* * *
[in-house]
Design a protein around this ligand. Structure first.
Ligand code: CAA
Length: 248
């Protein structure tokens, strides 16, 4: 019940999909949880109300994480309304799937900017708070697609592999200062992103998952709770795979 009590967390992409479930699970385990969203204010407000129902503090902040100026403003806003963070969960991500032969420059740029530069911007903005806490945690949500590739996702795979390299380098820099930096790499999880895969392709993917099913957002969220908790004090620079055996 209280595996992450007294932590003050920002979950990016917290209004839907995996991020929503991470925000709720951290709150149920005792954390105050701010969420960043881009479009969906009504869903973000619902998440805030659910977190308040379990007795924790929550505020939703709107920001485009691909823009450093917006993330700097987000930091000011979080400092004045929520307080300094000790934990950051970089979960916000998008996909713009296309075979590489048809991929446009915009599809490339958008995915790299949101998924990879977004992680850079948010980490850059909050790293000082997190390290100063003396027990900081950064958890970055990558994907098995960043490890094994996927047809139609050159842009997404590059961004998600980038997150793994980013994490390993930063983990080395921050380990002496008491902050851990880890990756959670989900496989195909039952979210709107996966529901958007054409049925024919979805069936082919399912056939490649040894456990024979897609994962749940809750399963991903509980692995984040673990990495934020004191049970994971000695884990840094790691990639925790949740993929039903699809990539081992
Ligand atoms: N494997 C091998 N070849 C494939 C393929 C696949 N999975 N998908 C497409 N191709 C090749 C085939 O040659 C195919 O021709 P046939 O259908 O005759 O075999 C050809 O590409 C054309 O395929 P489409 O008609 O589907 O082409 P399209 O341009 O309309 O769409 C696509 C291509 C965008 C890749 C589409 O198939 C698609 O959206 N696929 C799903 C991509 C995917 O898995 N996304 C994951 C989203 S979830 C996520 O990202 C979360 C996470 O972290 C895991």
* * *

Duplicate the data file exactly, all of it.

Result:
[in-house]
Design a protein around this ligand. Structure first.
Ligand code: CAA
Length: 248
């Protein structure tokens, strides 16, 4: 019940999909949880109300994480309304799937900017708070697609592999200062992103998952709770795979 009590967390992409479930699970385990969203204010407000129902503090902040100026403003806003963070969960991500032969420059740029530069911007903005806490945690949500590739996702795979390299380098820099930096790499999880895969392709993917099913957002969220908790004090620079055996 209280595996992450007294932590003050920002979950990016917290209004839907995996991020929503991470925000709720951290709150149920005792954390105050701010969420960043881009479009969906009504869903973000619902998440805030659910977190308040379990007795924790929550505020939703709107920001485009691909823009450093917006993330700097987000930091000011979080400092004045929520307080300094000790934990950051970089979960916000998008996909713009296309075979590489048809991929446009915009599809490339958008995915790299949101998924990879977004992680850079948010980490850059909050790293000082997190390290100063003396027990900081950064958890970055990558994907098995960043490890094994996927047809139609050159842009997404590059961004998600980038997150793994980013994490390993930063983990080395921050380990002496008491902050851990880890990756959670989900496989195909039952979210709107996966529901958007054409049925024919979805069936082919399912056939490649040894456990024979897609994962749940809750399963991903509980692995984040673990990495934020004191049970994971000695884990840094790691990639925790949740993929039903699809990539081992
Ligand atoms: N494997 C091998 N070849 C494939 C393929 C696949 N999975 N998908 C497409 N191709 C090749 C085939 O040659 C195919 O021709 P046939 O259908 O005759 O075999 C050809 O590409 C054309 O395929 P489409 O008609 O589907 O082409 P399209 O341009 O309309 O769409 C696509 C291509 C965008 C890749 C589409 O198939 C698609 O959206 N696929 C799903 C991509 C995917 O898995 N996304 C994951 C989203 S979830 C996520 O990202 C979360 C996470 O972290 C895991």